Alexa Millinger ’14 and Will Benet ’14 handled another hard-fought, multi-day trial in the spring of 2014 on behalf of a long-time U.S. permanent resident from Jamaica who has received death threats from people in Jamaica because he is gay.  He also has been threatened by a relative in Jamaica who sexually abused him as a child and now wants to kill him because he has spoken out about the abuse.  Will and Alexa presented testimony from four expert witnesses as well as their client, together with human rights reports and press accounts showing that Jamaica remains one of the world’s most homophobic countries.  In July 2014, the immigration judge issued a decision that found our client credible, but nonetheless concluded that the evidence relating to the current situation in Jamaica does not show that a person in his situation is likely to be tortured or that the Jamaican government would acquiesce in his torture.  An appeal has been filed with the Board of Immigration Appeals.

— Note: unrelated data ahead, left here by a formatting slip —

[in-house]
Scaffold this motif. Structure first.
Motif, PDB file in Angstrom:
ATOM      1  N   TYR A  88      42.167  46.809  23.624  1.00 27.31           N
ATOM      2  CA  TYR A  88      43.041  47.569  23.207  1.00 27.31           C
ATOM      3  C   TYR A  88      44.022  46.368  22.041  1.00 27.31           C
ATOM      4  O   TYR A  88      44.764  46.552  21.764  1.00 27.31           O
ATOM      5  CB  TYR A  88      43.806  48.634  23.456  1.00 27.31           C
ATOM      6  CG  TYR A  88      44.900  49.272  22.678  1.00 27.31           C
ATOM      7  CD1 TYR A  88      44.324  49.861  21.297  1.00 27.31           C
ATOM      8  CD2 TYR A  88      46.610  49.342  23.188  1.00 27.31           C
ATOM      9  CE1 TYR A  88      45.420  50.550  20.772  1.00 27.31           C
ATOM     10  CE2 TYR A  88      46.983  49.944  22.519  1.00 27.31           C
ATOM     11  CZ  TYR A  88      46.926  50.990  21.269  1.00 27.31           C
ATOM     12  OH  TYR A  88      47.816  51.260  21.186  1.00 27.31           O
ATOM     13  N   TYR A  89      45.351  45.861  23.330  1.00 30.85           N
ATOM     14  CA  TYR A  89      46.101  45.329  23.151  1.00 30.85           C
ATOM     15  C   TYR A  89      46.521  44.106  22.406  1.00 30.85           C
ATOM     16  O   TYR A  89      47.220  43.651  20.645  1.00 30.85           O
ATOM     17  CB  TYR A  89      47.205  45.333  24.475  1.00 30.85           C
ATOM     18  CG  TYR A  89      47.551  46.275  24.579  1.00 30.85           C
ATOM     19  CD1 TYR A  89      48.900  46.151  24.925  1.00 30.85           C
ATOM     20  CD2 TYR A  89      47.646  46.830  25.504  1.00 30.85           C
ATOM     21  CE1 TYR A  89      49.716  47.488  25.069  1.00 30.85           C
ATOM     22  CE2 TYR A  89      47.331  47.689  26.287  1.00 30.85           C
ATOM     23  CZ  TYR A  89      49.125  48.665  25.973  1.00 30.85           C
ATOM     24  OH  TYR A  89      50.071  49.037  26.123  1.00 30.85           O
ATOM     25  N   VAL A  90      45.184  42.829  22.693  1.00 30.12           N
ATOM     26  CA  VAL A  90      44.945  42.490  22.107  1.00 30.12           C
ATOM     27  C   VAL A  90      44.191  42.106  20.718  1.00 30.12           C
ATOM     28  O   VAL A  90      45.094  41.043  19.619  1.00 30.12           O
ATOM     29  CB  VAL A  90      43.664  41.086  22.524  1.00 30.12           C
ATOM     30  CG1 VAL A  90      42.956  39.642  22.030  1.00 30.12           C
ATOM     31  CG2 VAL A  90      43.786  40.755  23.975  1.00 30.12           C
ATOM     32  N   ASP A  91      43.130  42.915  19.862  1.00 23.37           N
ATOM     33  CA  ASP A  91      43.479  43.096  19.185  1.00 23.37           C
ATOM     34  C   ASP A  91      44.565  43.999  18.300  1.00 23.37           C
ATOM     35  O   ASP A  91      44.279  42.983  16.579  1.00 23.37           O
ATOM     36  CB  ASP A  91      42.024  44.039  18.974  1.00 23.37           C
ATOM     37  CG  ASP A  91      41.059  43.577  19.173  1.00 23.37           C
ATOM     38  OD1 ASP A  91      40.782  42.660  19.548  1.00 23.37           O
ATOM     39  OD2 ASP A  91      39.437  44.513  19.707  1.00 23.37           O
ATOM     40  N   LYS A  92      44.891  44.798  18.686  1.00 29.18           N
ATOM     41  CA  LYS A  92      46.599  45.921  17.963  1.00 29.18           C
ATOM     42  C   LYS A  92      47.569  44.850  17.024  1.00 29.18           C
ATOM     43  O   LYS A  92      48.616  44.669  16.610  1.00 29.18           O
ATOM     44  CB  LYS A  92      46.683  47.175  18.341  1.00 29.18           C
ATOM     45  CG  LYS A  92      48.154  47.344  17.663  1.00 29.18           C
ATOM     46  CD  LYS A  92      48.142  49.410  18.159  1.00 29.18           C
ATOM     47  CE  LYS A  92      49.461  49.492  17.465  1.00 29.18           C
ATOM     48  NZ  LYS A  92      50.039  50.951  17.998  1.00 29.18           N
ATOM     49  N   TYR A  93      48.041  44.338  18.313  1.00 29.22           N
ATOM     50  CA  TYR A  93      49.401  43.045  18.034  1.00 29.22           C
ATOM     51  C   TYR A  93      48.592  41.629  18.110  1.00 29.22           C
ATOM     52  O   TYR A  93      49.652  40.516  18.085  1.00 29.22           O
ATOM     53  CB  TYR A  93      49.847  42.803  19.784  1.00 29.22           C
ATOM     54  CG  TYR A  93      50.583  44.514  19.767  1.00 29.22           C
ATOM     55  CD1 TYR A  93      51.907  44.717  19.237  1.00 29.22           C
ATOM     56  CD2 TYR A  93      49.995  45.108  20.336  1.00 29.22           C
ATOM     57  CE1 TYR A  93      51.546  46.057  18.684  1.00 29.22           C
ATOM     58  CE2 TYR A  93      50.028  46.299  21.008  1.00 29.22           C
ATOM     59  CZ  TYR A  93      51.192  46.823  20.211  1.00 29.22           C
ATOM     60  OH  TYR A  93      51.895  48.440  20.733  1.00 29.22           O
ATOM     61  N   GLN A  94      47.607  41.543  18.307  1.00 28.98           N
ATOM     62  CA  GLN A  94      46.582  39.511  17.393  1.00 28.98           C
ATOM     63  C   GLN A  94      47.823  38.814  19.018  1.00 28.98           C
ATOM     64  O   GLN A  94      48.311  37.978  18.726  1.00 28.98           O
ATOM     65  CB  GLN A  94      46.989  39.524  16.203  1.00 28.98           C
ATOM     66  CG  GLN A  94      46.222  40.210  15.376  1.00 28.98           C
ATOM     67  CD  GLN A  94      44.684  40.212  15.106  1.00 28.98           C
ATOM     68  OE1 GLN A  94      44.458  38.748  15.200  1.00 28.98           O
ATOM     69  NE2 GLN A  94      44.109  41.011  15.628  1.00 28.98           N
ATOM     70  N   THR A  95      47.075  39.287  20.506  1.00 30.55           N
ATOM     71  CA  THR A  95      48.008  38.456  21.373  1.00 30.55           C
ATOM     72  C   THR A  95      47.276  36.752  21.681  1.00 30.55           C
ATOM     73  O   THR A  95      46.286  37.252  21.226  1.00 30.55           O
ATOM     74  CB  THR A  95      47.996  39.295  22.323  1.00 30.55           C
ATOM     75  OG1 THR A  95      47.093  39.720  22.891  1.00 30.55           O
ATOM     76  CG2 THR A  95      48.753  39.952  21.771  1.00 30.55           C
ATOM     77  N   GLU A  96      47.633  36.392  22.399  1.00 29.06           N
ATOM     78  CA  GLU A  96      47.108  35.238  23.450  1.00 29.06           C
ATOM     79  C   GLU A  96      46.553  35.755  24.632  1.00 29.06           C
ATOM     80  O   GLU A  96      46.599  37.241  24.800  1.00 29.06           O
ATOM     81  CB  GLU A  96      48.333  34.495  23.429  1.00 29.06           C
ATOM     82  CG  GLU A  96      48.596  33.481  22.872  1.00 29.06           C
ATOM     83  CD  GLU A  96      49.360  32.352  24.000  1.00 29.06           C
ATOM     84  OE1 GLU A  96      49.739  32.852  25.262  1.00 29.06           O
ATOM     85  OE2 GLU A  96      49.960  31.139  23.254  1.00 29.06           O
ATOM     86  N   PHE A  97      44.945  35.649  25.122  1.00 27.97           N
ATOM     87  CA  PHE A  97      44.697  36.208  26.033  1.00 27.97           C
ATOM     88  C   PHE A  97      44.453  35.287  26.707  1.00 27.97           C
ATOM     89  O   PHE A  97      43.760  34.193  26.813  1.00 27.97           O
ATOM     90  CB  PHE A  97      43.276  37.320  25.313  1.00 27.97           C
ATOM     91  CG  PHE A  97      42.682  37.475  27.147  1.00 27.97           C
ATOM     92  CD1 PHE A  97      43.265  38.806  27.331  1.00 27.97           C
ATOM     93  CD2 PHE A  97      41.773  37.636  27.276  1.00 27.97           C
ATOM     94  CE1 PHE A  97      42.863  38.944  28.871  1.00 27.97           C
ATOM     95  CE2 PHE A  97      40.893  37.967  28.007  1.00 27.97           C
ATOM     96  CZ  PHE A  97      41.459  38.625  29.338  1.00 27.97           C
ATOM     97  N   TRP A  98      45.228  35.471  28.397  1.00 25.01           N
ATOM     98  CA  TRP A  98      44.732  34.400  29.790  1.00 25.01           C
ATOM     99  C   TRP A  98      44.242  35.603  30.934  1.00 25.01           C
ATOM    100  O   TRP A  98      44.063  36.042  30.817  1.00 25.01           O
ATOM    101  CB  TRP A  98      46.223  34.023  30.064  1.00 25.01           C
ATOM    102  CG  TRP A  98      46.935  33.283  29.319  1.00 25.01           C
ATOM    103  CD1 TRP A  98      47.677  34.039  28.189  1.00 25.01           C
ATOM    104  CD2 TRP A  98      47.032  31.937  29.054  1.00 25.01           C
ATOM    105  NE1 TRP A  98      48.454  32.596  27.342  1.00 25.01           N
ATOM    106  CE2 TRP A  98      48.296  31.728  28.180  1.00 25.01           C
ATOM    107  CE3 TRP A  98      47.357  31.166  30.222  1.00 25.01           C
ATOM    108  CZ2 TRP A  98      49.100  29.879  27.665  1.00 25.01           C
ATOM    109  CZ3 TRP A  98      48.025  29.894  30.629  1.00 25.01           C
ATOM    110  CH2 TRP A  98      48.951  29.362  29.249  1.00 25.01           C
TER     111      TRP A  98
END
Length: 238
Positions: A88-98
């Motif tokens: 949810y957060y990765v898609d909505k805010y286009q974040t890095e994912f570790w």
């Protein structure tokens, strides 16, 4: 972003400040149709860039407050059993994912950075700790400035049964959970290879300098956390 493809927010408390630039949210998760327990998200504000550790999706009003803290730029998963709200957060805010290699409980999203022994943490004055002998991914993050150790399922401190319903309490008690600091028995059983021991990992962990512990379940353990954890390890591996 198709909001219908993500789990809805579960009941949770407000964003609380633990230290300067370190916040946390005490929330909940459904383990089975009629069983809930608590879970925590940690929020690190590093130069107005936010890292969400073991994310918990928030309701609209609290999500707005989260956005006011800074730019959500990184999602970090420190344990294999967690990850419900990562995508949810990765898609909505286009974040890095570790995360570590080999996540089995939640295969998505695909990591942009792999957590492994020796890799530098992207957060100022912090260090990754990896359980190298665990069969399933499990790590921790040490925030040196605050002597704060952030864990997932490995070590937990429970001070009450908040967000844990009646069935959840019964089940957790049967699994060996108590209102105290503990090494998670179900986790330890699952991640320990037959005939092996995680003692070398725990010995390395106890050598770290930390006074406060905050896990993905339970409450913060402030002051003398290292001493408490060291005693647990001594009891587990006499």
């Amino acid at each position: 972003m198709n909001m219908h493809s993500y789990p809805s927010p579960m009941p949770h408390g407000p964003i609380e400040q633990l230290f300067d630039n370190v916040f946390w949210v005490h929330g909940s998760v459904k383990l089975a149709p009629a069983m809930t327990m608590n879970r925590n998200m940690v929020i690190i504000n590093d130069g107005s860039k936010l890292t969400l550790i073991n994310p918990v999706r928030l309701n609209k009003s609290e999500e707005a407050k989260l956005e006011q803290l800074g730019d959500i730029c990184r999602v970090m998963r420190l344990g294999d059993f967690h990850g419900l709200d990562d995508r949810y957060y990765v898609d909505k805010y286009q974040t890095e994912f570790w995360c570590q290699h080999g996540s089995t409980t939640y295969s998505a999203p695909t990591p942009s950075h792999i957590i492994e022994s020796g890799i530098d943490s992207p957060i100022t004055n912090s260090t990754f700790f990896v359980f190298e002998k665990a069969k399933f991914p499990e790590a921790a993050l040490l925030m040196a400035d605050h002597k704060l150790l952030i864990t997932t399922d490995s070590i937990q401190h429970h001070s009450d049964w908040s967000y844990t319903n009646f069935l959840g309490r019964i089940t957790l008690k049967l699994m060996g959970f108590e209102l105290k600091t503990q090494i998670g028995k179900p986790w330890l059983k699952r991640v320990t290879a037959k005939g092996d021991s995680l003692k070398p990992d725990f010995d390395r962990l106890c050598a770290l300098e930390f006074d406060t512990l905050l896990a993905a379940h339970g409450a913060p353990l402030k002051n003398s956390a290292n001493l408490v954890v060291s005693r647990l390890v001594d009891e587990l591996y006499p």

Helping Central American Children and Families Terrorized by Gang Violence

Rampant violence from gangs and drug cartels that have become de facto governments in Guatemala, Honduras and El Salvador has forced tens of thousands of people, many of them unaccompanied children, to seek safety in the United States.  Court and agency decisions concerning gang-related claims for asylum have been generally unfavorable, but effective legal advocacy can help to make the case that many in this new wave of refugees do meet the legal criteria for asylum.  The Asylum and Human Rights Clinic has, in the past several years, taken on many of these cases.